A Culture of Violent Masculinity: Part Two

Searching For Answers in the Aurora, Colorado Shooting

When something like the Aurora movie theatre massacre happens, the first question is always “why?”. Why did this happen? The brutal act of violence seems so senseless, so inexplicable. It’s hard to make sense of it all.

However, the problem lays in our follow-up question- “how do we prevent this from happening again”? Too often, we get caught up in a discussion of prevention, rather than looking at causation. For one reason or another – fear, ignorance, apathy – we ignore examining the cause, and skip right over to preventative measures. Maybe it’s because the real solution is more difficult than simply installing a few metal detectors, and it’s more expensive than increasing the police presence in our community. The real problem? A serious crisis in hegemonic masculinity. It comes down to how we define masculinity in our culture.

What is hegemonic masculinity necessarily? It’s not an easy concept to define, maybe because it’s so ingrained in our culture. The easiest explanation is that hegemonic masculinity is considered the “optimal” form of masculinity in our society. While there are many forms of masculinity, hegemonic masculinity refers to the “ideal” type, which serves as a model for how all other men should act. It’s associated with characteristics like power and status, strength and dominance. It is considered the superior form of masculinity, compared to all the “weaker” forms that can be found in society.

In more cases than not, mass murders can be traced back to a crisis in hegemonic masculinity. The perpetrator of the violence has long struggled with his failure in achieving hegemonic masculinity. He was often teased, ridiculed, or bullied during his childhood and adolescence, simply because he deviated from the norm of the “ideal man”. Often, the perpetrator then comes across a final stressor, which becomes the final straw. Some are triggered by a rejection, or failed intimate relationship just days or weeks before the event occurred. In many cases, financial stressors are to blame. A study found that 71% of mass murderers had a major financial stressor in their life, either in the form of job loss, unemployment, or debt shortly before the mass murder. This could be attributed to the fact that economic independence and a solid, stable job are pillars to achieving hegemonic masculinity. Regardless, the act of mass murder becomes the only way for the perpetrator to get even, and get the recognition he deserves. It’s a way for him to finally make his mark. It’s a way that he can finally grasp a hegemonic masculine identity, which has been damaged or denied from him for so long.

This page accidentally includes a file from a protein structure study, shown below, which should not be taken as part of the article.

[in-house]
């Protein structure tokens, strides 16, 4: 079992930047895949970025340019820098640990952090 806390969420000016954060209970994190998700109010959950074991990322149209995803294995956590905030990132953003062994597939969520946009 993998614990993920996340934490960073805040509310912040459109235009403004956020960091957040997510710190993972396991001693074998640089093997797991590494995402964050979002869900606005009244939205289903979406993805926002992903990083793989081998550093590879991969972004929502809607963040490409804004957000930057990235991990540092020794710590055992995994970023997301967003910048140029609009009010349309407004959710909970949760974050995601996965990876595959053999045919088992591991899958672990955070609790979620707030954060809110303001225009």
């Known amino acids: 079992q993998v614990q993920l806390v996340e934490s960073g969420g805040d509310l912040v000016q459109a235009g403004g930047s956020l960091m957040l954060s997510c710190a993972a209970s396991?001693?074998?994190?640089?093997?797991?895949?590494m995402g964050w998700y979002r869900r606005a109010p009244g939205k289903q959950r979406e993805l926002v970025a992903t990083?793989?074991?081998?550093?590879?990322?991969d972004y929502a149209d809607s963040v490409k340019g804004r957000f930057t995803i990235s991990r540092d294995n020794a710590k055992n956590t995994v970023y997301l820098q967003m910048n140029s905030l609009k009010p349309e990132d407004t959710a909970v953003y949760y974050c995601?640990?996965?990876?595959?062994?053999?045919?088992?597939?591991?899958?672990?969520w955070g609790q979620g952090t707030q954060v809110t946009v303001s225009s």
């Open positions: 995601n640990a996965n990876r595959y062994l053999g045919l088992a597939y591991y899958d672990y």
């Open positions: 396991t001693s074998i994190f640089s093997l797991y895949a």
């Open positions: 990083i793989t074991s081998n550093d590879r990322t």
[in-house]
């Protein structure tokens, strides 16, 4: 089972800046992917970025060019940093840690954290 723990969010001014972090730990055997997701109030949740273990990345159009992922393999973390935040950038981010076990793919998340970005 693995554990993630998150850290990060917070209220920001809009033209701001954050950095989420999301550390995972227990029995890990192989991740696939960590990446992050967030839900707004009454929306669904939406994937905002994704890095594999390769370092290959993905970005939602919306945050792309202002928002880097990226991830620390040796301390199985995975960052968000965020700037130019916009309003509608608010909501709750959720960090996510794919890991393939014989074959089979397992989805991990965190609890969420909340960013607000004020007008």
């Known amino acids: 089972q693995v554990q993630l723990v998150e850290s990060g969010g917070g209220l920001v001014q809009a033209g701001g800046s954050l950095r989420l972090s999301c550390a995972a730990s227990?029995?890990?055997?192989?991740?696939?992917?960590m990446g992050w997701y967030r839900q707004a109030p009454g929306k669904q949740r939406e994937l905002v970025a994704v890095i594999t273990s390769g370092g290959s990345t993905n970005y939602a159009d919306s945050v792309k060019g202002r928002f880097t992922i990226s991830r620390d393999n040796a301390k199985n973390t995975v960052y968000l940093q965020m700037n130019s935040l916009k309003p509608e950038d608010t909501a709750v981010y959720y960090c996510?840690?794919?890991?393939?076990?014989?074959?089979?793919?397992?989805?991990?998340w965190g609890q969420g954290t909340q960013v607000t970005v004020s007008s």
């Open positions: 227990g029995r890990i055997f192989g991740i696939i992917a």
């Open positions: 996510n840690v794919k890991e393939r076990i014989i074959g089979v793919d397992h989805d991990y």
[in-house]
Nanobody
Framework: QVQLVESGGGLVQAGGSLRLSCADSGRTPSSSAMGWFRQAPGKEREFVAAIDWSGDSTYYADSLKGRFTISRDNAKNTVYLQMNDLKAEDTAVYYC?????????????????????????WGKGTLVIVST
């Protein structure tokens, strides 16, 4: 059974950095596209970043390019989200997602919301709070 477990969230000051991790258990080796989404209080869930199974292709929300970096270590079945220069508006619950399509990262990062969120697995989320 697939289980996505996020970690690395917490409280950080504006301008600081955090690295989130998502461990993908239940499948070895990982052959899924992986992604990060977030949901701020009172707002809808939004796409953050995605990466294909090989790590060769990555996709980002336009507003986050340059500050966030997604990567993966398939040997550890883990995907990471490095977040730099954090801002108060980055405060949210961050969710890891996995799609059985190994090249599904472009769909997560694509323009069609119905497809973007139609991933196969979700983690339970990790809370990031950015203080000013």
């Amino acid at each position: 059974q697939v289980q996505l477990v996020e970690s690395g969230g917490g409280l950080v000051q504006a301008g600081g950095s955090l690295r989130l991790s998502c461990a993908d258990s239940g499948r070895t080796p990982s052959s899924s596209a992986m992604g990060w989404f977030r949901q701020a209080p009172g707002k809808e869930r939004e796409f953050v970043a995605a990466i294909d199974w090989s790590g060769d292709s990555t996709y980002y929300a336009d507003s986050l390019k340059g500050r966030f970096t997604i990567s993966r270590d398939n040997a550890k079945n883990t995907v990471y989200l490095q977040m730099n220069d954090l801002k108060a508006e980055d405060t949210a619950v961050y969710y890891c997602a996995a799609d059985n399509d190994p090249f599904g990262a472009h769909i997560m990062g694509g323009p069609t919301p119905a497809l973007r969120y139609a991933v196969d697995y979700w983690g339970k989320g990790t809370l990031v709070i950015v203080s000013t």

I’m not here to diagnose a problem, give an excuse, or even an explanation. However, I think it’s time that we stop thinking that such shooting sprees are isolated events. Too often, we chalk it up to the “crazies”, and call it a day (Even though over 68% of mass murderers were found to not have a mental disorder). We need to understand that such events do have cultural meaning. Deep cultural meanings. And while the pain is still raw, and healing is still to be done, it’s our responsibility to realize that all these events are unfortunately, interconnected.  Bulking up security, changing guns laws – those are just cover ups. Sure, they’ll do some good, but at the end of the day, they’re not fixing the root of the problem. It’s time to look deeper. We need to take an honest look at ourselves, and realize that we ourselves are part of the problem. How we construct masculinity, how we regulate gender within our society – it all makes a difference.

So how do we go about tackling the issue of hegemonic masculinity? Some groups are already doing work to change our cultural definition of masculinity. There’s The Good Men Project, which is working to start a national discussion about what it takes to be a good father, son, husband, and worker within our society. Their goal is to increase the dialogue about what it means to be a man in the modern era, and work to make improvements out in the real world. We need to emphasize the multidimensionality of men – show that they can be both strong, yet light-hearted, provocative yet reflective. It’s all about opening up the conversation, and challenging cultural notions of how a “real man” should act.


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